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Eleanor’s debut classical crossover CD draws inspiration from Celtic, ballad, folk and pop genres – all unified by the deeply personal nature
of the music.
“The unifying thread to this musical compilation is the deeply personal nature of the songs –my hope is that the experience is intimate, poignant and filled with an emotion that is genuine and wonderfully human.”
Intimate is a musical compilation of exquisite melodies, poignant words and penetrating emotion. Eleanor’s debut album brings a diversity of musical genres – classic, Celtic, ballad, folk and pop – into a unified, comforting and intimate space. With input from some of Canada’s brightest musical stars, these songs bring both timelessness and ingenuity to the expression of human emotion.
The simplicity of words and melodies belies the emotional strength of “When You Are Old” and “Songbird”. Eleanor brings tremendous conviction to these love songs, which speak to the unbreakable connections between soulmates. While the messages are wonderfully basic, the arrangements and vocals are distinctive compliments to Eleanor’s talents. John McDermott’s vocals and Quartetto Gelato’s music come together with Eleanor to turn the Irish ballad, “When You Were Sweet Sixteen”, into a contemporary classic. And Aaron Davis’s piano arrangement on the Fleetwood Mac love song is the musical expression of love itself.
“Frauen Lieben und Leben” (A Woman’s Love and Life) is part of Schumann’s eight-song cycle about a woman who moves through various life stages, from early courtship through marriage and motherhood, to the death of her husband. This particular poem depicts the woman’s overwhelming love for her partner. “The words, ‘I want to serve him only, and come out in his image’ are not exactly popular today,” explains the singer. “But the euphoria of being married, of wanting to give everything to that person, holds incredible meaning for me.”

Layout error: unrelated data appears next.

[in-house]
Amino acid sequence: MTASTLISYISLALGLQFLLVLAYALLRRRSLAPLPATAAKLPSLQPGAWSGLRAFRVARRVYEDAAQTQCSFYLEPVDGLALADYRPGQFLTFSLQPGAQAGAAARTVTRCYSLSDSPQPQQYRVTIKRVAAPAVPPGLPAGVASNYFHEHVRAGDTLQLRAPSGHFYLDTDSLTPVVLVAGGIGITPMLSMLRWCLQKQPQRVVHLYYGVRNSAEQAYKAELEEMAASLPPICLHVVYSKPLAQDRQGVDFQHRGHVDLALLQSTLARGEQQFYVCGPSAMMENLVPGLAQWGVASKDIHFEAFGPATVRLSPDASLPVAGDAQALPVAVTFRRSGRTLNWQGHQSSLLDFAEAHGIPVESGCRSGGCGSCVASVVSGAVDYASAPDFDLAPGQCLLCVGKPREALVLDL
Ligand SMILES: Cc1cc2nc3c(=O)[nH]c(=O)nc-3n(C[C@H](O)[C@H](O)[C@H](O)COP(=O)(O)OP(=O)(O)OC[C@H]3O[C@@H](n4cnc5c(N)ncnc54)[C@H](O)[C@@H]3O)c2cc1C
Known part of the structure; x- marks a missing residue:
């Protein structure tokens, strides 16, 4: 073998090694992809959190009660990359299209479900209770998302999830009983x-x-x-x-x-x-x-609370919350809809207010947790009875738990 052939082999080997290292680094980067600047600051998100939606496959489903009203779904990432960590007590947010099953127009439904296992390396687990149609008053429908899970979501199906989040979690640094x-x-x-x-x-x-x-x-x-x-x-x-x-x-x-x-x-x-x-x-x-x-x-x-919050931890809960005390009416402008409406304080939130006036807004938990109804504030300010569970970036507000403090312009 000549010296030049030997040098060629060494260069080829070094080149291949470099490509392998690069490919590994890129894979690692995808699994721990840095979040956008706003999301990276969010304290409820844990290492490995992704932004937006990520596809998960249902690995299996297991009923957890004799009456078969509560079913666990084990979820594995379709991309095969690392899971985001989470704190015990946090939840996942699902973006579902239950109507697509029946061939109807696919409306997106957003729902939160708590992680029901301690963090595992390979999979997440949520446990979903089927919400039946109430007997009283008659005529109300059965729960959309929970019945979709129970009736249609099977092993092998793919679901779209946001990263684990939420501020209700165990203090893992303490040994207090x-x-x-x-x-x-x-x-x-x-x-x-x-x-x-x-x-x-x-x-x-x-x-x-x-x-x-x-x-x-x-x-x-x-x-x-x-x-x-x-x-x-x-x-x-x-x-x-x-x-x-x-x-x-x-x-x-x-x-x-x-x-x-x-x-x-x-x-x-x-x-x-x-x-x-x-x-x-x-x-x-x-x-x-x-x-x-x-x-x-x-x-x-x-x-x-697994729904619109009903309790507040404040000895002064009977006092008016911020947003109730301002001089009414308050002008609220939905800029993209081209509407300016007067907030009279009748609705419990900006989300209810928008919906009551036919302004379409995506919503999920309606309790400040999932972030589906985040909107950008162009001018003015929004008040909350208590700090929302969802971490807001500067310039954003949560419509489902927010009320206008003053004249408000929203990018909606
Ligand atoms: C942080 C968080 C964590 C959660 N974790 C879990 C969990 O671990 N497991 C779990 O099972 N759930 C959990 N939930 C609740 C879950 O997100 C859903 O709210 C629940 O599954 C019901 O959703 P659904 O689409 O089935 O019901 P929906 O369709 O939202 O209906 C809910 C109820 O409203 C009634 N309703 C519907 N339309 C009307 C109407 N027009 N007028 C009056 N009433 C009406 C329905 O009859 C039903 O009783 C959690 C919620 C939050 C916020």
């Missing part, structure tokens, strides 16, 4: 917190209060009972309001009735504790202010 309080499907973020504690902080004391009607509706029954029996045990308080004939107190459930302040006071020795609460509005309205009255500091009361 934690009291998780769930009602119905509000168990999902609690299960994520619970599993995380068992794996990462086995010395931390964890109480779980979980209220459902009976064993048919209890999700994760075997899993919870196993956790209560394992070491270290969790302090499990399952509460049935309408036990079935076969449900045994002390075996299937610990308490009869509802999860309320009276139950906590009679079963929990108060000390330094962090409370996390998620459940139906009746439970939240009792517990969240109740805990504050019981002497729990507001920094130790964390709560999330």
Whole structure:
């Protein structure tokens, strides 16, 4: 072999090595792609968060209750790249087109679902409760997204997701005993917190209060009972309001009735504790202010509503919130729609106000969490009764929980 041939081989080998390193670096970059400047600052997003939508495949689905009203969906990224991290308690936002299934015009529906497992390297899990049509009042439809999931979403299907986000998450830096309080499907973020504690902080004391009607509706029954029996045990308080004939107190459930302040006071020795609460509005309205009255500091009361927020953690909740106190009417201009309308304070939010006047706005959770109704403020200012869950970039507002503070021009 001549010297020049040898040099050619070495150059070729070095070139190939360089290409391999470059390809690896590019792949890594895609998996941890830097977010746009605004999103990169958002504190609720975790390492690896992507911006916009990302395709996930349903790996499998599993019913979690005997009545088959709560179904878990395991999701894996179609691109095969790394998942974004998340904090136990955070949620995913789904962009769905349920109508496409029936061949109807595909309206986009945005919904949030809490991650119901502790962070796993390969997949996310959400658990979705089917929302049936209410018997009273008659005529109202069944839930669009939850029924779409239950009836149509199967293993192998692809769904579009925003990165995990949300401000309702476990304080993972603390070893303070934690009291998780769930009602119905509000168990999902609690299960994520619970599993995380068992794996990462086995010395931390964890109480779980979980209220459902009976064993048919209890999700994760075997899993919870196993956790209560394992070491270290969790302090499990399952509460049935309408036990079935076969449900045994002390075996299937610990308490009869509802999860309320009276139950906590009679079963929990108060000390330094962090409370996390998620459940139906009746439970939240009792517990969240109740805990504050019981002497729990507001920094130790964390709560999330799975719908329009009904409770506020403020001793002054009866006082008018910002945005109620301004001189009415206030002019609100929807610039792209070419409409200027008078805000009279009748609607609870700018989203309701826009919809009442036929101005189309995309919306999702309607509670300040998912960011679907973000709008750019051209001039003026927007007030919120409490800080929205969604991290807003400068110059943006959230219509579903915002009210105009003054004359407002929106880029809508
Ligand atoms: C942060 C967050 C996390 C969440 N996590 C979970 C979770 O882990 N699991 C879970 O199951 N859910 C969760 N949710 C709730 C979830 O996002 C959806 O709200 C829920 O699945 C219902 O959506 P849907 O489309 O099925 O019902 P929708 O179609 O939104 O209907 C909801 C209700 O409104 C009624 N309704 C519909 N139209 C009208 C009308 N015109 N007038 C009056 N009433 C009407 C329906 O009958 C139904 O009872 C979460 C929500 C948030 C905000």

The Tim Thorney/Erica Ehm collaboration “Green Hills” tells of a wistful leave-taking from the familiar and the bittersweet journey into the unknown. It came to the singer at a particularly poignant time in her life when she was venturing in to new personal and professional territories. Eleanor’s Irish and Scottish ancestry resonates in the song and Natalie MacMaster’s masterful fiddling is one of the album highlights. Another would most certainly be – Eleanor’s mother, playing piano on “Eriskay”, the Scottish folk song.
“She’s Like the Swallow” and “Shenendoah” were recorded in Toronto’s St. Anne’s Church with the world-renown Elmer Iseler Singers. Both the Irish and American folk songs are steeped in tradition, yet the arrangements are uniquely tailored to Eleanor’s graceful style, which stretches into the contemporary even as it echoes with its classical roots.
Terrence Sawchuck’s production brings a timeless and original beauty to songs that stem from a variety of origins. Classical strings temper the guitar and synthesizer in “Shiver”, written by Sawchuck, about the frisson of relief that one feels upon deciding to leave a soured relationship. The exquisite psalm “Ave Maria” is both serene and innovative, blending guitar with Erica Goodman’s harp. And “Always and Forever”, written for Eleanor by Chantal Kreviazuk, features such unusual and emotive instruments as the koto and the erhu, in addition to Kreviazuk’s piano.
Terrance Sawchuk produced the CD. Guest artists included John McDermott, Natalie MacMaster, Chantal Kreviazuk, Quartetto Gelato, Aaron Davis, and The Elmer Iseler Singers.